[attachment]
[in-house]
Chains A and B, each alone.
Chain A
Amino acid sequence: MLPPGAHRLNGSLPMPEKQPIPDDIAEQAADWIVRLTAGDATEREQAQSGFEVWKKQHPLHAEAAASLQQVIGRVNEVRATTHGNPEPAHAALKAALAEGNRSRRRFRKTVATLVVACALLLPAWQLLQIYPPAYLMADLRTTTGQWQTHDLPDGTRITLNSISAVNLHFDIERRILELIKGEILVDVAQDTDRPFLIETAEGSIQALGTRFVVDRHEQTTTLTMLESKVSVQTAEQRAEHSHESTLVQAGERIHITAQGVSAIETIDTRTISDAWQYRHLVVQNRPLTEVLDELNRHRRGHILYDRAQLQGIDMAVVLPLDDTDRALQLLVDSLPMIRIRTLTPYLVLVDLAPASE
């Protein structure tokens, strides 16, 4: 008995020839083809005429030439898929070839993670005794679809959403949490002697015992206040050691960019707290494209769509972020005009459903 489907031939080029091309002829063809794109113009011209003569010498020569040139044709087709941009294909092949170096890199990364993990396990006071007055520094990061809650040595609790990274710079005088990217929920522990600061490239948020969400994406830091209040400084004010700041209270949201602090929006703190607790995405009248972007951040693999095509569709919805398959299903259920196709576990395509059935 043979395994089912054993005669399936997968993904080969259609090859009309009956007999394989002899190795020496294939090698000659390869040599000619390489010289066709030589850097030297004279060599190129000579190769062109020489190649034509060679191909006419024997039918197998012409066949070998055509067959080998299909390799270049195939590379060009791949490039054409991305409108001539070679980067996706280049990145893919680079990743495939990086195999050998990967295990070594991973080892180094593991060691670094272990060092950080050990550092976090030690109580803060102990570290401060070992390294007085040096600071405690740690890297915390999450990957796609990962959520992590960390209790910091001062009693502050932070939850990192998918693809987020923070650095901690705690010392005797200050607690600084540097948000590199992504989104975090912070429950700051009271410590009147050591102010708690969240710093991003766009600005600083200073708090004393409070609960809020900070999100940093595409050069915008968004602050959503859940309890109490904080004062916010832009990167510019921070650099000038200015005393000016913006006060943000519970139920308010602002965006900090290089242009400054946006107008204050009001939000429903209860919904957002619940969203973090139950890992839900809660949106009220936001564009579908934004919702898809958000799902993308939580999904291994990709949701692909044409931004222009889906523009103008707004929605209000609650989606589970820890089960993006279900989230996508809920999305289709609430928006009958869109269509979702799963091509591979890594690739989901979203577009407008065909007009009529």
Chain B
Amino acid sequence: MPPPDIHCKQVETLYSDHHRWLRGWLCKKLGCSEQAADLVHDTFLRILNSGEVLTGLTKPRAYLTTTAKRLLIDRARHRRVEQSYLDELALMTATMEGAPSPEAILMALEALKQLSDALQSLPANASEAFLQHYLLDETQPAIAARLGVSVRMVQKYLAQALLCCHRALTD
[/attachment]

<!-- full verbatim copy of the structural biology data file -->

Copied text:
[in-house]
Chains A and B, each alone.
Chain A
Amino acid sequence: MLPPGAHRLNGSLPMPEKQPIPDDIAEQAADWIVRLTAGDATEREQAQSGFEVWKKQHPLHAEAAASLQQVIGRVNEVRATTHGNPEPAHAALKAALAEGNRSRRRFRKTVATLVVACALLLPAWQLLQIYPPAYLMADLRTTTGQWQTHDLPDGTRITLNSISAVNLHFDIERRILELIKGEILVDVAQDTDRPFLIETAEGSIQALGTRFVVDRHEQTTTLTMLESKVSVQTAEQRAEHSHESTLVQAGERIHITAQGVSAIETIDTRTISDAWQYRHLVVQNRPLTEVLDELNRHRRGHILYDRAQLQGIDMAVVLPLDDTDRALQLLVDSLPMIRIRTLTPYLVLVDLAPASE
């Protein structure tokens, strides 16, 4: 008995020839083809005429030439898929070839993670005794679809959403949490002697015992206040050691960019707290494209769509972020005009459903 489907031939080029091309002829063809794109113009011209003569010498020569040139044709087709941009294909092949170096890199990364993990396990006071007055520094990061809650040595609790990274710079005088990217929920522990600061490239948020969400994406830091209040400084004010700041209270949201602090929006703190607790995405009248972007951040693999095509569709919805398959299903259920196709576990395509059935 043979395994089912054993005669399936997968993904080969259609090859009309009956007999394989002899190795020496294939090698000659390869040599000619390489010289066709030589850097030297004279060599190129000579190769062109020489190649034509060679191909006419024997039918197998012409066949070998055509067959080998299909390799270049195939590379060009791949490039054409991305409108001539070679980067996706280049990145893919680079990743495939990086195999050998990967295990070594991973080892180094593991060691670094272990060092950080050990550092976090030690109580803060102990570290401060070992390294007085040096600071405690740690890297915390999450990957796609990962959520992590960390209790910091001062009693502050932070939850990192998918693809987020923070650095901690705690010392005797200050607690600084540097948000590199992504989104975090912070429950700051009271410590009147050591102010708690969240710093991003766009600005600083200073708090004393409070609960809020900070999100940093595409050069915008968004602050959503859940309890109490904080004062916010832009990167510019921070650099000038200015005393000016913006006060943000519970139920308010602002965006900090290089242009400054946006107008204050009001939000429903209860919904957002619940969203973090139950890992839900809660949106009220936001564009579908934004919702898809958000799902993308939580999904291994990709949701692909044409931004222009889906523009103008707004929605209000609650989606589970820890089960993006279900989230996508809920999305289709609430928006009958869109269509979702799963091509591979890594690739989901979203577009407008065909007009009529």
Chain B
Amino acid sequence: MPPPDIHCKQVETLYSDHHRWLRGWLCKKLGCSEQAADLVHDTFLRILNSGEVLTGLTKPRAYLTTTAKRLLIDRARHRRVEQSYLDELALMTATMEGAPSPEAILMALEALKQLSDALQSLPANASEAFLQHYLLDETQPAIAARLGVSVRMVQKYLAQALLCCHRALTD